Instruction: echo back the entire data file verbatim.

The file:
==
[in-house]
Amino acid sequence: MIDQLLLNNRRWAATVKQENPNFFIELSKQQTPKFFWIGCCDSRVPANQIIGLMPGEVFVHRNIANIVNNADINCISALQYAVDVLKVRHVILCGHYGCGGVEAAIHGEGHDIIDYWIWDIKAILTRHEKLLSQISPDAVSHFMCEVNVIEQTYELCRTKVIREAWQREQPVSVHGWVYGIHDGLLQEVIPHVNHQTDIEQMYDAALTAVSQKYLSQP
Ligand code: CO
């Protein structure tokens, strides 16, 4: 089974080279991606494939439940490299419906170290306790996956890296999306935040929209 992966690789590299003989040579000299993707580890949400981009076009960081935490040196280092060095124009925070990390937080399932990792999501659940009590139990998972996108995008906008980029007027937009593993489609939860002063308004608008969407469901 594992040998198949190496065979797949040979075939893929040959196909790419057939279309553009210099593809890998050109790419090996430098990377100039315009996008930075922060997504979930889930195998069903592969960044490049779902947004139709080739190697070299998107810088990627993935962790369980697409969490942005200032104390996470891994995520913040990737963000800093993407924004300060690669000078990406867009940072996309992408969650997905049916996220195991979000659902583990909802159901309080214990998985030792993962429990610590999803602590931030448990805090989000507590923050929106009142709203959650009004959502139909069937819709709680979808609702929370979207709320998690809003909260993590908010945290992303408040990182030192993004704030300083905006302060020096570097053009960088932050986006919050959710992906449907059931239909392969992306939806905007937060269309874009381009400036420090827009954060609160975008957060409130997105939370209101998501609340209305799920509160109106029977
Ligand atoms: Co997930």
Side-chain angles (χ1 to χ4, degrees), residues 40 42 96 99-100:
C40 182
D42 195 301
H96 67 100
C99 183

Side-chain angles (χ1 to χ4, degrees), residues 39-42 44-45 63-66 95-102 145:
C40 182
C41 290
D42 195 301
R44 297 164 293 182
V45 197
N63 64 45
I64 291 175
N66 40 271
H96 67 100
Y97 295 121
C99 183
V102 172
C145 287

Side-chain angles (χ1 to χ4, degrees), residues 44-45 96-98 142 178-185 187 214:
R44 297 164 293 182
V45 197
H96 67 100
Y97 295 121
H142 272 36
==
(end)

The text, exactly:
[in-house]
Amino acid sequence: MIDQLLLNNRRWAATVKQENPNFFIELSKQQTPKFFWIGCCDSRVPANQIIGLMPGEVFVHRNIANIVNNADINCISALQYAVDVLKVRHVILCGHYGCGGVEAAIHGEGHDIIDYWIWDIKAILTRHEKLLSQISPDAVSHFMCEVNVIEQTYELCRTKVIREAWQREQPVSVHGWVYGIHDGLLQEVIPHVNHQTDIEQMYDAALTAVSQKYLSQP
Ligand code: CO
């Protein structure tokens, strides 16, 4: 089974080279991606494939439940490299419906170290306790996956890296999306935040929209 992966690789590299003989040579000299993707580890949400981009076009960081935490040196280092060095124009925070990390937080399932990792999501659940009590139990998972996108995008906008980029007027937009593993489609939860002063308004608008969407469901 594992040998198949190496065979797949040979075939893929040959196909790419057939279309553009210099593809890998050109790419090996430098990377100039315009996008930075922060997504979930889930195998069903592969960044490049779902947004139709080739190697070299998107810088990627993935962790369980697409969490942005200032104390996470891994995520913040990737963000800093993407924004300060690669000078990406867009940072996309992408969650997905049916996220195991979000659902583990909802159901309080214990998985030792993962429990610590999803602590931030448990805090989000507590923050929106009142709203959650009004959502139909069937819709709680979808609702929370979207709320998690809003909260993590908010945290992303408040990182030192993004704030300083905006302060020096570097053009960088932050986006919050959710992906449907059931239909392969992306939806905007937060269309874009381009400036420090827009954060609160975008957060409130997105939370209101998501609340209305799920509160109106029977
Ligand atoms: Co997930």
Side-chain angles (χ1 to χ4, degrees), residues 40 42 96 99-100:
C40 182
D42 195 301
H96 67 100
C99 183

Side-chain angles (χ1 to χ4, degrees), residues 39-42 44-45 63-66 95-102 145:
C40 182
C41 290
D42 195 301
R44 297 164 293 182
V45 197
N63 64 45
I64 291 175
N66 40 271
H96 67 100
Y97 295 121
C99 183
V102 172
C145 287

Side-chain angles (χ1 to χ4, degrees), residues 44-45 96-98 142 178-185 187 214:
R44 297 164 293 182
V45 197
H96 67 100
Y97 295 121
H142 272 36